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Disaster Strikes; Mayhem ensues

Jan 8, 2015
345
MacGregor 26S, Goman Express 30 Seahorse Kerr Reservoir
I went out the other day for a single handed sail to get accustomed to dealing with higher winds.
When my sail slugs failed due to UV fatigue, I tried to handle the situation with out panic.
My intent is to learn from my mistakes so I will be better prepared when I get started on my blue water adventure.
Upon reviewing the video, I noticed several things I could have handled differently. Some of them I have pointed out in the narrative.
I am posting this here for you all to critique and point out what I might have missed.

(Go ahead and be brutal, I have broad shoulders)

One thing I am interested in is how you might have regained control of the boat without the use of an autopilot?
 
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Likes: Rick D
Jan 11, 2014
4,784
Sabre 362 113 Fair Haven, NY
Oh, we've all had those days.....

It looks like the port genoa sheet is hung up on something. Clearing it would have made everything go more smoothly. If the sheet is hung up, and it will from time to time, clear it before trying to tack or you just get into a more challenging situation as you now know. It looks like there was a hockle in the sheet and it got caught in the turning block.

Get rid of that fancy shock cord sail tie. Get some simple nylon webbing ties. When you decide to take down the main, just blow the halyard and let it drop. Once you are back at the dock to you can dry the sail out. With the sail down, disconnect the halyard from the sail gather it up and secure it however you can. It won't be pretty but who cares?

Remember if you let all the sheets go, main and genoa, the sails will flog and make a s***load of noise, but the boat will stop. That will give you some time to sort things out.

Finally, before you start the motor make sure you have all the lines back on board and nothing is going to foul the prop.

BTW, about that PFD. :)
 
Jan 1, 2006
4,482
Slickcraft 26 Greenport, NY
Good video! It isn't often that you can watch someone work through a problem start to finish.
So, what's wrong with blood on the sail?
My main suggestion would be if you decide you need to get a sail down, get it down! Don't worry about the niceties such as flaking or rigging the bungie chord system. Everyone should have a couple of long sail ties handy. You can use them to coral the sail and regain control of the boat.
This is another example of the fallacy that halyards brought back to cockpit are safe. If those halyards were at the mast you could release and control the drop while gathering sail material without the danger of the swinging boom. You could go in circles all day. You ended up taking the sail down at the mast anyway. Going back and forth between the deck and the halyard stopper in the cockpit is way more dangerous.
 
Jan 5, 2017
1,514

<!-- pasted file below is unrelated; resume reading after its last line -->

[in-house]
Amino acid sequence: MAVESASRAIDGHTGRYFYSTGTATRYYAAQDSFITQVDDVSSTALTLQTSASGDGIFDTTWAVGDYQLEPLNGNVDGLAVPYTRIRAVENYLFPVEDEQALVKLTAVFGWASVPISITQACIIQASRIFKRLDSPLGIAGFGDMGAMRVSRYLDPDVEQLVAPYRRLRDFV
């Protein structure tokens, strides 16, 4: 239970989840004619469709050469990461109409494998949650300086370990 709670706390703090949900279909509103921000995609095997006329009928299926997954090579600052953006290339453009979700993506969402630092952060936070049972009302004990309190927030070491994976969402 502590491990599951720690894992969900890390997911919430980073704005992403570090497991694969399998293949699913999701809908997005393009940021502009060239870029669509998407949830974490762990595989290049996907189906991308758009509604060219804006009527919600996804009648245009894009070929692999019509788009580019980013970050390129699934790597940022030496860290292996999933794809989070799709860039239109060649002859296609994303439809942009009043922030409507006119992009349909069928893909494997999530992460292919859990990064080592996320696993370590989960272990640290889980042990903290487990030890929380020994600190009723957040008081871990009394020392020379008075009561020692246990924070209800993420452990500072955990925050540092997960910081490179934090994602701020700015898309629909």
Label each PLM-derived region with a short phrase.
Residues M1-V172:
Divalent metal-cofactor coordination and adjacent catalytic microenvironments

Beneteau First 38 Lyall Harbour Saturna Island
:plus: on the PFD and safety harness. Good video. Not one of those things you think about or practise for. I guess we'll all learn a little something here.
 
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Likes: Will Gilmore

Kermit

.
Jul 31, 2010
5,384
AquaCat 12.5 17342 Wateree Lake, SC
I don’t see a problem at all here. Looks to me like you just invented the loose-luffed sail. I mean, why should the foot get all the love?
 
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Likes: Will Gilmore
Oct 26, 2008
4,293
Starwind 27 Barnegat, NJ
I think you did a good job. Dave is absolutely right, where is your pfd. I'm usually the last person to point this out, but you are sailing in cold weather and cold water. Sailing on a reservoir with a ton of boats around in the summertime is one thing. You can tread water for a long time waiting for somebody to notice you. In the winter, there's nobody around and your strength disappears rapidly. An inflatable gives you a much better chance at survival.
Without autohelm, I have my wheel controlled with a bungee just about all the time. At low rpm, the boat moves in one direction pretty well when I leave the helm.
I've never experienced all the sail slugs failing instantaneously. I've had 2 fail on one windy afternoon. I agree, those white nylon slugs are no good. I've upgraded when I need to replace.
I'm going to agree with Andrew that the halyard jamming on the clutch is a problem when I go forward to flake the mainsail when I take it down. But I still bring the halyard back to the cockpit. I just try to lay out the halyard so it doesn't jamb.
 
Oct 24, 2010
2,123
Hunter 30 Everett, WA
When I had no autopilot, I always kept a tiller tamer handy. Even if it's just a piece of line, and practice when you don't need it.

Ken
 

DannyS

.
May 27, 2004
906
Oday 35 Bayfield, Wi
Yup, we've all had those days, or we will someday. A couple of things I noticed on first look, when trying to roll in the headsail, especially when it's really windy, I bear away and run downwind in order to roll it up. The sail doesn't flog this way and you won't be fighting it or get a super tight furl that can cause you to run out of furling line. I sail solo a lot and on very cold Lake Superior and I still like my halyards on the mast. This way I can slowly bring the sail down in a controlled manner and gather it at the same time. It's bee said several times before, but I don't leave the slip solo without my PFD AND my handheld radio in the pocket of my PFD.
 
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Likes: dziedzicmj
Jan 22, 2008
264
Islander Freeport, 41 Ketch Longmont, CO
In general a good job, As all mentioned, PFD !!

You actually weren't that over powered even for single handed, I never saw the rail in the water.